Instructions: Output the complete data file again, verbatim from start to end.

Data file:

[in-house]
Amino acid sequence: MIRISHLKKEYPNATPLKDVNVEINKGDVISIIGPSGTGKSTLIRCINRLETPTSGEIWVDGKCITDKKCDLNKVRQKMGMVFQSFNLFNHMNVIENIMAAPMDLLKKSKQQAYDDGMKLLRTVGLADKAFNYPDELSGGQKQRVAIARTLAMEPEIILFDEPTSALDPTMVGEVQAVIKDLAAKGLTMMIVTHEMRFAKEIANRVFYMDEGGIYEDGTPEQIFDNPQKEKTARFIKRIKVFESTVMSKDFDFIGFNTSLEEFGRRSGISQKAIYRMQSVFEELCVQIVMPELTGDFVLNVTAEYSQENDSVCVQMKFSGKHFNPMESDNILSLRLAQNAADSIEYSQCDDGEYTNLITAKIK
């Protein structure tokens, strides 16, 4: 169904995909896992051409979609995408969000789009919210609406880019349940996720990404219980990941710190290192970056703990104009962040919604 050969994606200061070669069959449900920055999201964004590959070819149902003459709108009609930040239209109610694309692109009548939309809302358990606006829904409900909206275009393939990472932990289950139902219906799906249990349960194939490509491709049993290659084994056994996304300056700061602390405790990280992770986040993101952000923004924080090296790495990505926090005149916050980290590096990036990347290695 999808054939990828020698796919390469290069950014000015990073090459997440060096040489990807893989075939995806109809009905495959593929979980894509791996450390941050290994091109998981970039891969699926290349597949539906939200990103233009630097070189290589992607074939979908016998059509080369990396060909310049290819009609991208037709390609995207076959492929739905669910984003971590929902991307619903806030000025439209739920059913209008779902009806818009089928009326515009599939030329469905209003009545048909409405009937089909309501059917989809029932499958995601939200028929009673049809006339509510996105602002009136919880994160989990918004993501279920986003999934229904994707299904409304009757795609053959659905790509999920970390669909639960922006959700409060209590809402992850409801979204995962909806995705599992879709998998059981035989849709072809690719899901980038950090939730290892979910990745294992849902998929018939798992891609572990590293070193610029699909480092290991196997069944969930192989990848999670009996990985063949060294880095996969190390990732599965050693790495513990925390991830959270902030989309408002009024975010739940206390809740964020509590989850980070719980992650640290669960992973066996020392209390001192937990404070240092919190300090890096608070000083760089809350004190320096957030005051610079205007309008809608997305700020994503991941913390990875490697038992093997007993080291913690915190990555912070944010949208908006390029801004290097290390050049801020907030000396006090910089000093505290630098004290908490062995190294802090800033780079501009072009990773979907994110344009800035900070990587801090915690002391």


[in-house]
Amino acid sequence: MIRISHLKKEYPNATPLKDVNVEINKGDVISIIGPSGTGKSTLIRCINRLETPTSGEIWVDGKCITDKKCDLNKVRQKMGMVFQSFNLFNHMNVIENIMAAPMDLLKKSKQQAYDDGMKLLRTVGLADKAFNYPDELSGGQKQRVAIARTLAMEPEIILFDEPTSALDPTMVGEVQAVIKDLAAKGLTMMIVTHEMRFAKEIANRVFYMDEGGIYEDGTPEQIFDNPQKEKTARFIKRIKVFESTVMSKDFDFIGFNTSLEEFGRRSGISQKAIYRMQSVFEELCVQIVMPELTGDFVLNVTAEYSQENDSVCVQMKFSGKHFNPMESDNILSLRLAQNAADSIEYSQCDDGEYTNLITAKIK
């Protein structure tokens, strides 16, 4: 169904995909896992051409979609995408969000789009919210609406880019349940996720990404219980990941710190290192970056703990104009962040919604 050969994606200061070669069959449900920055999201964004590959070819149902003459709108009609930040239209109610694309692109009548939309809302358990606006829904409900909206275009393939990472932990289950139902219906799906249990349960194939490509491709049993290659084994056994996304300056700061602390405790990280992770986040993101952000923004924080090296790495990505926090005149916050980290590096990036990347290695 999808054939990828020698796919390469290069950014000015990073090459997440060096040489990807893989075939995806109809009905495959593929979980894509791996450390941050290994091109998981970039891969699926290349597949539906939200990103233009630097070189290589992607074939979908016998059509080369990396060909310049290819009609991208037709390609995207076959492929739905669910984003971590929902991307619903806030000025439209739920059913209008779902009806818009089928009326515009599939030329469905209003009545048909409405009937089909309501059917989809029932499958995601939200028929009673049809006339509510996105602002009136919880994160989990918004993501279920986003999934229904994707299904409304009757795609053959659905790509999920970390669909639960922006959700409060209590809402992850409801979204995962909806995705599992879709998998059981035989849709072809690719899901980038950090939730290892979910990745294992849902998929018939798992891609572990590293070193610029699909480092290991196997069944969930192989990848999670009996990985063949060294880095996969190390990732599965050693790495513990925390991830959270902030989309408002009024975010739940206390809740964020509590989850980070719980992650640290669960992973066996020392209390001192937990404070240092919190300090890096608070000083760089809350004190320096957030005051610079205007309008809608997305700020994503991941913390990875490697038992093997007993080291913690915190990555912070944010949208908006390029801004290097290390050049801020907030000396006090910089000093505290630098004290908490062995190294802090800033780079501009072009990773979907994110344009800035900070990587801090915690002391």